Seeing Harry Callahan’s work on the wall, as opposed to reproduced in a book, brings you face to face with how small many of the images are that have had such an outsize influence on American photography. In honor of the 100th anniversary of Callahan’s birth, and to display some of the 45 Callahan prints that were recently given to the museum by the photographer’s family, the National Gallery of Art has mounted a centennial retrospective of his work.
Much of what is on display is a reprise of the important Callahan show mounted in 1996, when the photographer was still alive. But Callahan, a master of the cool, arresting, formal print, a lifelong innovator and a restless perfectionist, is important enough that a reprise (with a few significant differences) is welcome after 15 years.
Born in Detroit in 1912, Callahan took up photography in his mid-20s, first as an amateur, then as one of the most driven, disciplined and innovative photographers working anywhere in the world. He was also a revered teacher, though even his most devoted students described a man who was rigorously un-didactic, a pedagogue who set up problems and experiments, which he would work on in parallel to his students. He died in 1999.
The first room of the exhibition, organized roughly chronologically, is a collection of jewellike images made early in Callahan’s career, most of them no more than three or four inches on a side. They draw the eye into a world that is meticulous but complicated, full of double exposures; carefully constructed visual games using strange angles, reflective surfaces and strong contrast; and sometimes breathtaking serenity and abstraction. Reeds of grass photographed with strong contrast against snow, or the patterns made by a flashlight in a dark room, create images that bypass centuries of representational imagery, a remarkable accomplishment for a photographer in the early 1940s who had owned a camera for only five years.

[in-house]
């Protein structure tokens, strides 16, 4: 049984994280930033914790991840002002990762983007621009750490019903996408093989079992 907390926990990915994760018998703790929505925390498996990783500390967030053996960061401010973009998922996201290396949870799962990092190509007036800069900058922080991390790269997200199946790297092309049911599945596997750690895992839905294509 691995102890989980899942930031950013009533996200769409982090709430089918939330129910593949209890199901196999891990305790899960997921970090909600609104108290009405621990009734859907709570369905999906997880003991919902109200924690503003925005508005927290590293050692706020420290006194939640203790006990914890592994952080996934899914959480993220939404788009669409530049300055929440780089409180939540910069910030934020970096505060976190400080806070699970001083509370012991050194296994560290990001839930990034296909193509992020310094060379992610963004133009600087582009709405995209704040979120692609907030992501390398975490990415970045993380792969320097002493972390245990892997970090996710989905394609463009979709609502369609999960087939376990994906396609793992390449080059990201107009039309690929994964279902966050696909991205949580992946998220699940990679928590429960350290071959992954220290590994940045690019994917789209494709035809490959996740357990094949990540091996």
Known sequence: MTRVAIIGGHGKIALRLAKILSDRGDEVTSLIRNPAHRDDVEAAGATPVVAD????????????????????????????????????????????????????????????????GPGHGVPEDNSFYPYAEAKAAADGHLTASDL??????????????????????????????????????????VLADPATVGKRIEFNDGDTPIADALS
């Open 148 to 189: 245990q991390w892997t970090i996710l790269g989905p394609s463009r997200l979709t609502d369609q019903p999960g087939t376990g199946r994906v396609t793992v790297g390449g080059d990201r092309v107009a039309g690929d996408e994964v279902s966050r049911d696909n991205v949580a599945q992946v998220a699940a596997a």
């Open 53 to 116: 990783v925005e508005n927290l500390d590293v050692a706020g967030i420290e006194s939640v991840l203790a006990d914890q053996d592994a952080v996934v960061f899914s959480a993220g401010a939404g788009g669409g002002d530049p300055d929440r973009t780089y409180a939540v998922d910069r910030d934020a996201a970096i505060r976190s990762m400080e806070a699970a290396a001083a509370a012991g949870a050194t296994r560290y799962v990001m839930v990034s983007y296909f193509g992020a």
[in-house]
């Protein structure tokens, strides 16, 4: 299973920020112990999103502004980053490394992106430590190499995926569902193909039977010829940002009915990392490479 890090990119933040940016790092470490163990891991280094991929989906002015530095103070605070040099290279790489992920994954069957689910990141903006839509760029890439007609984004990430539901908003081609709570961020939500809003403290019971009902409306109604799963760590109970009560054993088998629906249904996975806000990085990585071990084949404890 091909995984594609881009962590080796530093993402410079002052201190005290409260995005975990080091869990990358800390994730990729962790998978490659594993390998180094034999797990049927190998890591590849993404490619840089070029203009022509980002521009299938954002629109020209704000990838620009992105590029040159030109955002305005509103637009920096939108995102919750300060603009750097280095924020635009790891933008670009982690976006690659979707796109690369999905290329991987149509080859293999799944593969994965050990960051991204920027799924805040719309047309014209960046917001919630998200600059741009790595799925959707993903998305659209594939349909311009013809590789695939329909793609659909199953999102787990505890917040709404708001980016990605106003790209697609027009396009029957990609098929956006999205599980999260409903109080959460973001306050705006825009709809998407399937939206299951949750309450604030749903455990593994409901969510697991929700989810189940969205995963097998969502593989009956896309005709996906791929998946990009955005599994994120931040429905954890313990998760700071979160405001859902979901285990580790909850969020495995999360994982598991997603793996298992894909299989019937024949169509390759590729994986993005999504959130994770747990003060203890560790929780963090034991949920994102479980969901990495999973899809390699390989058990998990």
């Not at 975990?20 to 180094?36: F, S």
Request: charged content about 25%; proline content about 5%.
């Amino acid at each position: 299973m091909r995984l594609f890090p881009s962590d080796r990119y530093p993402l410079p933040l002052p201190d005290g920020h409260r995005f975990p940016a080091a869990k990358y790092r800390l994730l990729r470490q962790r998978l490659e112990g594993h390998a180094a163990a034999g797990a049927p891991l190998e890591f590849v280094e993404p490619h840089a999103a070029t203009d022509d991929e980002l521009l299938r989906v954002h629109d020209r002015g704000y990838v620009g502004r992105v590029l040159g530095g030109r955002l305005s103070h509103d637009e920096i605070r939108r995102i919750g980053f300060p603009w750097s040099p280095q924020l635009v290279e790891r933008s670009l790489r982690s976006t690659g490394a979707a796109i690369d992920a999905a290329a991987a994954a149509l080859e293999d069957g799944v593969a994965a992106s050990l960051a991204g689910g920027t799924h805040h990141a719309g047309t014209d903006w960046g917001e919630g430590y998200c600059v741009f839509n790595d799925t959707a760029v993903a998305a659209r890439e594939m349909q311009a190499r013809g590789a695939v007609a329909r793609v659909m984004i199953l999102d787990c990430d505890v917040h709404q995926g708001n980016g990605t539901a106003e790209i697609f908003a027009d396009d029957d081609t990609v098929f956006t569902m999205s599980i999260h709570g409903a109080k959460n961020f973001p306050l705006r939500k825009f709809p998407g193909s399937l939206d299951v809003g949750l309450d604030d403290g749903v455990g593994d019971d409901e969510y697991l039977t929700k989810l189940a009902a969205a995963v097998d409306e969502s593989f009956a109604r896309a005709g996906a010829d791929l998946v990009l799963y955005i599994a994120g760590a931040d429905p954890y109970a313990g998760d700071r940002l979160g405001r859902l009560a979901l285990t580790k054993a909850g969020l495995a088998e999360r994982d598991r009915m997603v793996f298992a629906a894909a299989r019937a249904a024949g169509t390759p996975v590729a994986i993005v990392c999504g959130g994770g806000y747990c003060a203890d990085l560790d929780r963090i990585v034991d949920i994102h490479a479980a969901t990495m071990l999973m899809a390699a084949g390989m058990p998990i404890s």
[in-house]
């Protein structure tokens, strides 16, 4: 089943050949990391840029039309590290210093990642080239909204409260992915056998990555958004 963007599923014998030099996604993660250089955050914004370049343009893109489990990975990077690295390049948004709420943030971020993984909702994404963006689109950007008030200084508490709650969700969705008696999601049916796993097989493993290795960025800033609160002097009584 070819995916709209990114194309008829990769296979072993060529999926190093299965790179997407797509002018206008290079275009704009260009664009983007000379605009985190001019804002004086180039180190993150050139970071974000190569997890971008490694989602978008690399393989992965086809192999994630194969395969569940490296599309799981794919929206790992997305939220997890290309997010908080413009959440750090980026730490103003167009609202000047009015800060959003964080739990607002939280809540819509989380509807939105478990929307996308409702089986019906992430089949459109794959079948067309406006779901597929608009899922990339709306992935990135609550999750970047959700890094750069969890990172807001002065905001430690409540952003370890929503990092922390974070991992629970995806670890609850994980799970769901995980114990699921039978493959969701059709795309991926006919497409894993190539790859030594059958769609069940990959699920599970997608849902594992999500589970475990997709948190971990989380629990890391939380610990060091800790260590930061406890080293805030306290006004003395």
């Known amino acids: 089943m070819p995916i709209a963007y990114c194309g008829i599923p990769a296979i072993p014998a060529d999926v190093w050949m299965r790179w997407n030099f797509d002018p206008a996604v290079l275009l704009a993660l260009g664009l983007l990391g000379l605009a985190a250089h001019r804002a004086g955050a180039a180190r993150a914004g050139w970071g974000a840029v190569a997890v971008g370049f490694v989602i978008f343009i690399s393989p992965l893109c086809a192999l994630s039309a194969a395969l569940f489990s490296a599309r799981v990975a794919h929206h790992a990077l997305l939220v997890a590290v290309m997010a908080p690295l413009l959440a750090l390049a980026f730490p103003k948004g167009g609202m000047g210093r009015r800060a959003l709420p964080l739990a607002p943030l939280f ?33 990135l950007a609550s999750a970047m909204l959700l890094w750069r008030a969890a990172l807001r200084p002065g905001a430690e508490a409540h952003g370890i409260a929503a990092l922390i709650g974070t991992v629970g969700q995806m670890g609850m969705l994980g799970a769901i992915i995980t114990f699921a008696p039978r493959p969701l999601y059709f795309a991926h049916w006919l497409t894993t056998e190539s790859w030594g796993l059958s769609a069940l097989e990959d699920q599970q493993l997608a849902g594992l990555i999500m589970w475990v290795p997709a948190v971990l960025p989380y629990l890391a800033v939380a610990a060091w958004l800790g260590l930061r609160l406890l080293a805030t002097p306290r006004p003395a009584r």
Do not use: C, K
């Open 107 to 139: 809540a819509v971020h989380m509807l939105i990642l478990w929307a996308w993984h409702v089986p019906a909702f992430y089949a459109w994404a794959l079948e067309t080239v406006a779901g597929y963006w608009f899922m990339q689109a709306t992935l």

Many of these were contact prints, made by directly exposing the film to photographic paper, without the loss of detail or graininess that comes from enlargement. The multiple exposures, including a rare, 1942 self-portrait in which Callahan superimposes his feet and his upper body against a New York cityscape, were made in the camera, not in the darkroom. The detail and precision of the contact prints draw the eye in, where it becomes quickly lost in efforts to resolve the multiple exposures. Making them in the camera is far more difficult than overlaying multiple negatives in the darkroom. But can the eye detect a difference? There seems to be something, a metaphysical connection between the images produced in the camera vs. those manipulated in a darkroom. But as you try to define it, or explain it, the conviction evaporates.
Callahan was largely self-taught, though an early encounter with Ansel Adams in 1941 helped the photographer gain the artistic confidence and discipline to pursue the kinds of experiments that defined his career for the next half-century. He was hired by Laszlo Moholy-Nagy to teach photography at Chicago’s Institute of Design in 1946, and there are multiple images from Callahan’s early career that remind one of the Hungarian modernist’s aesthetic.